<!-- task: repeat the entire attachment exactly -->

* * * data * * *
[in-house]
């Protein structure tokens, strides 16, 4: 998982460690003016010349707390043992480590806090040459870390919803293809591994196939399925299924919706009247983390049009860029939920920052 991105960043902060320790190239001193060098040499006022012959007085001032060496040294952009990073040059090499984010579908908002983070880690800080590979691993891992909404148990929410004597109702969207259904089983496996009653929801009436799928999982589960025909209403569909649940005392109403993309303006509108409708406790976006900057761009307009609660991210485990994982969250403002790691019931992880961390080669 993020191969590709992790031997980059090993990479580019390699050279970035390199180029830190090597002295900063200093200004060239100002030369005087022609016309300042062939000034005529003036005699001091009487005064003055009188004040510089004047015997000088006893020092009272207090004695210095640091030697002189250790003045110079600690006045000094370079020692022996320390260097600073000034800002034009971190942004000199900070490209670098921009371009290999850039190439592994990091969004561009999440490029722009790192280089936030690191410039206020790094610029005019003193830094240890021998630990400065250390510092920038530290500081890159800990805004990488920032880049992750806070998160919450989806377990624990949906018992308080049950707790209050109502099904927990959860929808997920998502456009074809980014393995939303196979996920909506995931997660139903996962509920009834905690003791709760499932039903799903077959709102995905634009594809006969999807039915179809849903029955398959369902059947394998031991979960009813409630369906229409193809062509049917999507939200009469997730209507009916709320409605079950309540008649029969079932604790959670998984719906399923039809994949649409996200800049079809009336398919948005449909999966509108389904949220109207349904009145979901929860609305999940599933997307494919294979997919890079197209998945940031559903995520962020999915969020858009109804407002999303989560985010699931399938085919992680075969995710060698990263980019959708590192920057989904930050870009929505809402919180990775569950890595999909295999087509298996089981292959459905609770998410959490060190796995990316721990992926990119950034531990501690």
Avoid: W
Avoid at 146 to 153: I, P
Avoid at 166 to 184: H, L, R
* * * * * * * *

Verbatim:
[in-house]
């Protein structure tokens, strides 16, 4: 998982460690003016010349707390043992480590806090040459870390919803293809591994196939399925299924919706009247983390049009860029939920920052 991105960043902060320790190239001193060098040499006022012959007085001032060496040294952009990073040059090499984010579908908002983070880690800080590979691993891992909404148990929410004597109702969207259904089983496996009653929801009436799928999982589960025909209403569909649940005392109403993309303006509108409708406790976006900057761009307009609660991210485990994982969250403002790691019931992880961390080669 993020191969590709992790031997980059090993990479580019390699050279970035390199180029830190090597002295900063200093200004060239100002030369005087022609016309300042062939000034005529003036005699001091009487005064003055009188004040510089004047015997000088006893020092009272207090004695210095640091030697002189250790003045110079600690006045000094370079020692022996320390260097600073000034800002034009971190942004000199900070490209670098921009371009290999850039190439592994990091969004561009999440490029722009790192280089936030690191410039206020790094610029005019003193830094240890021998630990400065250390510092920038530290500081890159800990805004990488920032880049992750806070998160919450989806377990624990949906018992308080049950707790209050109502099904927990959860929808997920998502456009074809980014393995939303196979996920909506995931997660139903996962509920009834905690003791709760499932039903799903077959709102995905634009594809006969999807039915179809849903029955398959369902059947394998031991979960009813409630369906229409193809062509049917999507939200009469997730209507009916709320409605079950309540008649029969079932604790959670998984719906399923039809994949649409996200800049079809009336398919948005449909999966509108389904949220109207349904009145979901929860609305999940599933997307494919294979997919890079197209998945940031559903995520962020999915969020858009109804407002999303989560985010699931399938085919992680075969995710060698990263980019959708590192920057989904930050870009929505809402919180990775569950890595999909295999087509298996089981292959459905609770998410959490060190796995990316721990992926990119950034531990501690």
Avoid: W
Avoid at 146 to 153: I, P
Avoid at 166 to 184: H, L, R